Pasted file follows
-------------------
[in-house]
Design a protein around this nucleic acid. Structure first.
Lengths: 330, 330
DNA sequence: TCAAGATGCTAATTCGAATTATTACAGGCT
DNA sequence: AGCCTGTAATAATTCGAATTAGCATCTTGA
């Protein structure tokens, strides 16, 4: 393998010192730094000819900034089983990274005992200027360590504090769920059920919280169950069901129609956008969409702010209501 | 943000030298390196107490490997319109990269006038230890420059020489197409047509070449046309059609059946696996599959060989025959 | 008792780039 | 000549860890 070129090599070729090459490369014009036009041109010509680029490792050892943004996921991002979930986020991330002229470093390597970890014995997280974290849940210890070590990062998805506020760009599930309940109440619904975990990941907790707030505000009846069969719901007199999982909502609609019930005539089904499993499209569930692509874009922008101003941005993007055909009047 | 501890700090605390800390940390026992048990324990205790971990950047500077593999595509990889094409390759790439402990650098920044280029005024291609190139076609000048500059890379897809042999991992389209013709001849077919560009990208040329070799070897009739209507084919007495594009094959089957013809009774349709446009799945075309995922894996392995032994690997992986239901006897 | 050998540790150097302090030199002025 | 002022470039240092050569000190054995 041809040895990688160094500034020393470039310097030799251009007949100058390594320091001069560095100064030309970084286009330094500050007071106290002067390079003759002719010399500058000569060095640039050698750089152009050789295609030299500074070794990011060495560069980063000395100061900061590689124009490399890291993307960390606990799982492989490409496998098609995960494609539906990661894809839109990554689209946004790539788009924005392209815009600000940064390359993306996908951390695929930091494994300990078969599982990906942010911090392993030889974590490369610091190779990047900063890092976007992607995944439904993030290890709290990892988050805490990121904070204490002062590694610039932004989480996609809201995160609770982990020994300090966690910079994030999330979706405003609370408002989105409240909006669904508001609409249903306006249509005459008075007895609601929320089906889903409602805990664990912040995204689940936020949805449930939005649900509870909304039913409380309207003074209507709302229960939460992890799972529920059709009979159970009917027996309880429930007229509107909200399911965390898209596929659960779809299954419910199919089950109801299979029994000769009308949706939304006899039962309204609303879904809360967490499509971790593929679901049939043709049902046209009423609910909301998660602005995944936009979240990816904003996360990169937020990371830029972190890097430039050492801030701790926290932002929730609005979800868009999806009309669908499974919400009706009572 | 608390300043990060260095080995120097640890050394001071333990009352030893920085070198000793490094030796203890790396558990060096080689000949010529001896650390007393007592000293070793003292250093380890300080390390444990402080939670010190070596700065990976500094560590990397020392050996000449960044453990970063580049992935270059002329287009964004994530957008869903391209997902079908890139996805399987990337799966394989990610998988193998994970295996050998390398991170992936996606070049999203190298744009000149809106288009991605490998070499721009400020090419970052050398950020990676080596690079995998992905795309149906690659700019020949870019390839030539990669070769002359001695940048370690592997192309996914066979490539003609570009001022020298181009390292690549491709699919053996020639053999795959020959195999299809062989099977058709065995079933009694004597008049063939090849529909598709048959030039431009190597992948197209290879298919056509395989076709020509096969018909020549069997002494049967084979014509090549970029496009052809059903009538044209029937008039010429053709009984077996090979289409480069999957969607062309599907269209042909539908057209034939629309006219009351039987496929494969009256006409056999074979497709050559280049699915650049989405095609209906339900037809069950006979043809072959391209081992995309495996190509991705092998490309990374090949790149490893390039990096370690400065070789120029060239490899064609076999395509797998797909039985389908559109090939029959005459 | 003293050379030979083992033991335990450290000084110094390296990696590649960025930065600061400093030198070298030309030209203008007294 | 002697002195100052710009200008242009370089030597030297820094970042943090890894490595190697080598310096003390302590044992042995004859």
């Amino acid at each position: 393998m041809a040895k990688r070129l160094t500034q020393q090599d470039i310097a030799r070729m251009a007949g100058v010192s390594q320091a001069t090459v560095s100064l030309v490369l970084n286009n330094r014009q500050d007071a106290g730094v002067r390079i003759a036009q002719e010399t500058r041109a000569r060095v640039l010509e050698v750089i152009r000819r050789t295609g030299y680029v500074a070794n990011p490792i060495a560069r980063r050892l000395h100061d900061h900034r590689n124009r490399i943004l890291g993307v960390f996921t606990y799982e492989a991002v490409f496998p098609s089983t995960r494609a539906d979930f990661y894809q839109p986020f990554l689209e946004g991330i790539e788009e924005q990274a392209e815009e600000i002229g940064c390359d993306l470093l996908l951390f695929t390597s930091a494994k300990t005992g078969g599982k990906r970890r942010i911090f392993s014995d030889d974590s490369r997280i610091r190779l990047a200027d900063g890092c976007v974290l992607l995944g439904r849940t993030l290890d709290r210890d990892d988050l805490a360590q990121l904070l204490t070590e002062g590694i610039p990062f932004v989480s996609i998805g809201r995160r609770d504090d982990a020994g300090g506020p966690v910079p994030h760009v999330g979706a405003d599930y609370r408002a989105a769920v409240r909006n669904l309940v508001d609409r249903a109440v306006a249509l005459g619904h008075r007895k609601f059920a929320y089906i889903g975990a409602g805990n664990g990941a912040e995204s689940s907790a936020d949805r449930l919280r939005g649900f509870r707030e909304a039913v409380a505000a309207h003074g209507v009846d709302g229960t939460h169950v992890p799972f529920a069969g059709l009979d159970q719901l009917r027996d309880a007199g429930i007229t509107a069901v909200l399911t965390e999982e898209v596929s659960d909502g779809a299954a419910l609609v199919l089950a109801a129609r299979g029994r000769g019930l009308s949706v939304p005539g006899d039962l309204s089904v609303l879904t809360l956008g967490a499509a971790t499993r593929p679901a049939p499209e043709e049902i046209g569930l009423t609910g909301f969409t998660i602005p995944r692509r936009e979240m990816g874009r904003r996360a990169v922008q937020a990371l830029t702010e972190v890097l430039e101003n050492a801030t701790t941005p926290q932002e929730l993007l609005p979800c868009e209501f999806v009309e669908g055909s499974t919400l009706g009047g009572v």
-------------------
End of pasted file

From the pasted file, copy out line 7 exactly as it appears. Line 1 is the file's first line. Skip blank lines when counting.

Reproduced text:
């Amino acid at each position: 393998m041809a040895k990688r070129l160094t500034q020393q090599d470039i310097a030799r070729m251009a007949g100058v010192s390594q320091a001069t090459v560095s100064l030309v490369l970084n286009n330094r014009q500050d007071a106290g730094v002067r390079i003759a036009q002719e010399t500058r041109a000569r060095v640039l010509e050698v750089i152009r000819r050789t295609g030299y680029v500074a070794n990011p490792i060495a560069r980063r050892l000395h100061d900061h900034r590689n124009r490399i943004l890291g993307v960390f996921t606990y799982e492989a991002v490409f496998p098609s089983t995960r494609a539906d979930f990661y894809q839109p986020f990554l689209e946004g991330i790539e788009e924005q990274a392209e815009e600000i002229g940064c390359d993306l470093l996908l951390f695929t390597s930091a494994k300990t005992g078969g599982k990906r970890r942010i911090f392993s014995d030889d974590s490369r997280i610091r190779l990047a200027d900063g890092c976007v974290l992607l995944g439904r849940t993030l290890d709290r210890d990892d988050l805490a360590q990121l904070l204490t070590e002062g590694i610039p990062f932004v989480s996609i998805g809201r995160r609770d504090d982990a020994g300090g506020p966690v910079p994030h760009v999330g979706a405003d599930y609370r408002a989105a769920v409240r909006n669904l309940v508001d609409r249903a109440v306006a249509l005459g619904h008075r007895k609601f059920a929320y089906i889903g975990a409602g805990n664990g990941a912040e995204s689940s907790a936020d949805r449930l919280r939005g649900f509870r707030e909304a039913v409380a505000a309207h003074g209507v009846d709302g229960t939460h169950v992890p799972f529920a069969g059709l009979d159970q719901l009917r027996d309880a007199g429930i007229t509107a069901v909200l399911t965390e999982e898209v596929s659960d909502g779809a299954a419910l609609v199919l089950a109801a129609r299979g029994r000769g019930l009308s949706v939304p005539g006899d039962l309204s089904v609303l879904t809360l956008g967490a499509a971790t499993r593929p679901a049939p499209e043709e049902i046209g569930l009423t609910g909301f969409t998660i602005p995944r692509r936009e979240m990816g874009r904003r996360a990169v922008q937020a990371l830029t702010e972190v890097l430039e101003n050492a801030t701790t941005p926290q932002e929730l993007l609005p979800c868009e209501f999806v009309e669908g055909s499974t919400l009706g009047g009572v």